Petrowski: We've seen the bottom in crude

Bearish sentiment about the oil market resurfaced Monday after Iran dashed hopes for an output freeze in the near future, but that doesn't mean there should be expectations that crude prices will fall even further, said Joe Petrowski, founder of Mercantor Partners and a former CEO of Gulf Oil.

"We've seen the bottom for sure in crude," said Petrowski on CNBC's "Squawk on the Street" on Monday. "I think a lot of the oil companies realize crude was better on the balance sheet in the cheapest storage, which is the ground rather than pull it out and sell it."

There also have been other positive signs that oil prices should move higher, such as the pickup in driving by individuals and the trend of consumers buying bigger cars, he added.

Despite this outlook, U.S. crude on Monday settled down 3.4 percent to $37.18 a barrel, a drop of $1.32. It hit a three-month high of $39.02 on Friday, surging from a 12-year low of $26.05 a month earlier. Brent, the global benchmark, was down 1.8 percent, or 73 cents, to 39.66, in afternoon trading Monday.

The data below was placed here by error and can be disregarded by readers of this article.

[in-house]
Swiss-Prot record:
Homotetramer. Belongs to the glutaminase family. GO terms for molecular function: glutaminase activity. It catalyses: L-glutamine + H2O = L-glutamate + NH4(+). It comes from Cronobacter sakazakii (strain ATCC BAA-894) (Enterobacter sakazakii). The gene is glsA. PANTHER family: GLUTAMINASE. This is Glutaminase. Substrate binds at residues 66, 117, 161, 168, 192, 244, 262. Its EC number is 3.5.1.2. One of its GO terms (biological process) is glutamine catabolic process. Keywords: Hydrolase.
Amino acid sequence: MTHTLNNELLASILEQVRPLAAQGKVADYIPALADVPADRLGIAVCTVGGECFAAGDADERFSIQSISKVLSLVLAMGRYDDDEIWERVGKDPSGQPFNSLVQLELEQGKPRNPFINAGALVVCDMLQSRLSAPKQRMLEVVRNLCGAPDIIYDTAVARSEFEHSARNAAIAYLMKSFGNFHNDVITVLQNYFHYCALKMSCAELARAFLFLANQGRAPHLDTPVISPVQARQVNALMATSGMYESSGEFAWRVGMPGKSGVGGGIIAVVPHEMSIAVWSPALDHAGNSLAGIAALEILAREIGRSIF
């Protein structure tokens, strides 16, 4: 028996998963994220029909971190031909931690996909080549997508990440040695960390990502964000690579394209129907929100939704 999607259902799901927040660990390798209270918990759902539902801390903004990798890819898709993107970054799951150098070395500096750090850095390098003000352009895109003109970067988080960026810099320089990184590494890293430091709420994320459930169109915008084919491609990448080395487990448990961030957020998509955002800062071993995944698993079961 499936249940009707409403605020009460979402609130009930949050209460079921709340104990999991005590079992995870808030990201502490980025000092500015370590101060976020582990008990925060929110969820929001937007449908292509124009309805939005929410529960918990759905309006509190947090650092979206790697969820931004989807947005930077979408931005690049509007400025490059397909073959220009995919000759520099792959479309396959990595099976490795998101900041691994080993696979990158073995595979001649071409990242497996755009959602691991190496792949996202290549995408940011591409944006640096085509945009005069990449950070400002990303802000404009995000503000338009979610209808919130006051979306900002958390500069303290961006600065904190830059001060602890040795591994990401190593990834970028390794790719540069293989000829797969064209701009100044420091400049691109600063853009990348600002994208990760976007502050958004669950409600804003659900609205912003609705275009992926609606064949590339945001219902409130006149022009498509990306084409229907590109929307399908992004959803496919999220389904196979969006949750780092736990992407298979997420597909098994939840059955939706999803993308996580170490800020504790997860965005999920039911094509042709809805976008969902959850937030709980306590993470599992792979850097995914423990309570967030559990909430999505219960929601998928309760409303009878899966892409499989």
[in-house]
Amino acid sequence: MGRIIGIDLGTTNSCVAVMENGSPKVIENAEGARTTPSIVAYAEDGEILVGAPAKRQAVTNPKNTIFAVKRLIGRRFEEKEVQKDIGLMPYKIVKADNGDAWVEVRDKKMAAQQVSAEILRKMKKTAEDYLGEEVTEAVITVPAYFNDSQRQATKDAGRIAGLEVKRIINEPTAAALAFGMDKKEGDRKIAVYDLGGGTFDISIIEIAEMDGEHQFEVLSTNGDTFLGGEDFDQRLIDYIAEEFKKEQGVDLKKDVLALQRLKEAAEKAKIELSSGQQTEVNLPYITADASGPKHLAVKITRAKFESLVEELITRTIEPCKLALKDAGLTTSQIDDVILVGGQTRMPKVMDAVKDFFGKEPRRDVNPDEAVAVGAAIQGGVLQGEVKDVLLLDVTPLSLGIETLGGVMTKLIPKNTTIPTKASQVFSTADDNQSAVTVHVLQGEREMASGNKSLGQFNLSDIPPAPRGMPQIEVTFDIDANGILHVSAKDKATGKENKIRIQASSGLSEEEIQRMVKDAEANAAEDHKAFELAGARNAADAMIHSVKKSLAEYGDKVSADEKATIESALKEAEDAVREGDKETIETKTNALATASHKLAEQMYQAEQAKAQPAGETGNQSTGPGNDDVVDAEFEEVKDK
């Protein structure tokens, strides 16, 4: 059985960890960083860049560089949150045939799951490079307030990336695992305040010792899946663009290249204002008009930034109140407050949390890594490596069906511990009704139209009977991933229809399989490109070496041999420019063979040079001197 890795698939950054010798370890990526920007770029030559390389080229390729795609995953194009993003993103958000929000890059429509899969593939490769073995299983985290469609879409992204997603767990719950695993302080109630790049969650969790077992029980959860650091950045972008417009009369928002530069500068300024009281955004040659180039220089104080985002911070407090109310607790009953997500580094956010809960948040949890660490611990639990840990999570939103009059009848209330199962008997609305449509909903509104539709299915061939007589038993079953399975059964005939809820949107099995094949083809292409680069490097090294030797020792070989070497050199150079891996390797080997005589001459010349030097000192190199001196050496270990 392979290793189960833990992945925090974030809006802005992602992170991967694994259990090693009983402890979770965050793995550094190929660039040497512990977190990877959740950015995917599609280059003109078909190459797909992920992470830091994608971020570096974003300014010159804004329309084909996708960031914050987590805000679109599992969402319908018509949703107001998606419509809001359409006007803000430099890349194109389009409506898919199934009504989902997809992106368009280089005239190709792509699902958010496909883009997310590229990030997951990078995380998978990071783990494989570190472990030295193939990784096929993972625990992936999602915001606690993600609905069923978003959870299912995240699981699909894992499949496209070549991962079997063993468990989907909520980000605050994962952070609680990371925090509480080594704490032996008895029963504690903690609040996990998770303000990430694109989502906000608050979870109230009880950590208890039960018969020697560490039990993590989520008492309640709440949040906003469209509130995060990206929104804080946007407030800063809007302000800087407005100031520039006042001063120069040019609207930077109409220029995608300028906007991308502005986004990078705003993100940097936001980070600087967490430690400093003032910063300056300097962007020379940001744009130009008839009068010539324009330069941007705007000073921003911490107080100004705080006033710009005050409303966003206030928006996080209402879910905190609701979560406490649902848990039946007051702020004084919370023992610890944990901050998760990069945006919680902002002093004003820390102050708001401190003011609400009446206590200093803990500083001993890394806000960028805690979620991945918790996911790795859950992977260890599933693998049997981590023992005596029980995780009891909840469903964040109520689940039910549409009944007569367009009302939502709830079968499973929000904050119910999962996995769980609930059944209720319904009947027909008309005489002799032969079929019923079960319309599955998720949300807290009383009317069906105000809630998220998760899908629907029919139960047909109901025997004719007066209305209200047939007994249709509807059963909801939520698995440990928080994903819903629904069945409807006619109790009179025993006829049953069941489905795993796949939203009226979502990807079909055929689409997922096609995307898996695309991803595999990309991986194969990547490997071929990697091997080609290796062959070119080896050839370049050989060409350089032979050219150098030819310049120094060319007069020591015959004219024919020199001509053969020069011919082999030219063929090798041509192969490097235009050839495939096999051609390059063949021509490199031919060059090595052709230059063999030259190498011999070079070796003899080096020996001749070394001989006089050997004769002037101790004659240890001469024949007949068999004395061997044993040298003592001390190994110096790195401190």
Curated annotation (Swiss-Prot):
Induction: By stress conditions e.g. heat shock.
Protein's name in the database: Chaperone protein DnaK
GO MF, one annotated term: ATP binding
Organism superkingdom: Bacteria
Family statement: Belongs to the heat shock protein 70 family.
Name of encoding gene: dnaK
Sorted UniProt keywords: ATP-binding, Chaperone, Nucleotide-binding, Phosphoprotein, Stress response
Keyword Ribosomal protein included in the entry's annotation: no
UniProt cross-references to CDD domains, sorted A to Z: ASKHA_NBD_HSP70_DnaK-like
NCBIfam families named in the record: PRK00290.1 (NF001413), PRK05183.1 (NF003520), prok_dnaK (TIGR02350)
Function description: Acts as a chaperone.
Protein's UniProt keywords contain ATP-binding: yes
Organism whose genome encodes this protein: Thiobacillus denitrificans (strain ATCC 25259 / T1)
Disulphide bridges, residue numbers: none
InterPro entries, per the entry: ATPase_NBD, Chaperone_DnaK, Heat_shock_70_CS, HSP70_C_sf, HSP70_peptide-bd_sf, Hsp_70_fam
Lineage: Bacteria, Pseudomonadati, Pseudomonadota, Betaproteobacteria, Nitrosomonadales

Crude is not a growth business, Petrowski said. He believes investors should instead turn their attention to natural gas.

"I think the big story is natural gas. I think that still remains from an investor standpoint the place you ought to be," he said. "Natural gas is harder to shut off because basically natural gas, just the geology of production, means it's harder to shut in. We have tons of natural gas and that is a growth business."

Any fears that natural gas will be free in a few years are unfounded, Petrowski noted, because there are companies that are now working to switch trucks, fleets and even small cars to burning natural gas for fuel.

"Unlike oil, natural gas is developing new markets in transport, export and home power production."

— Reuters contributed to this report.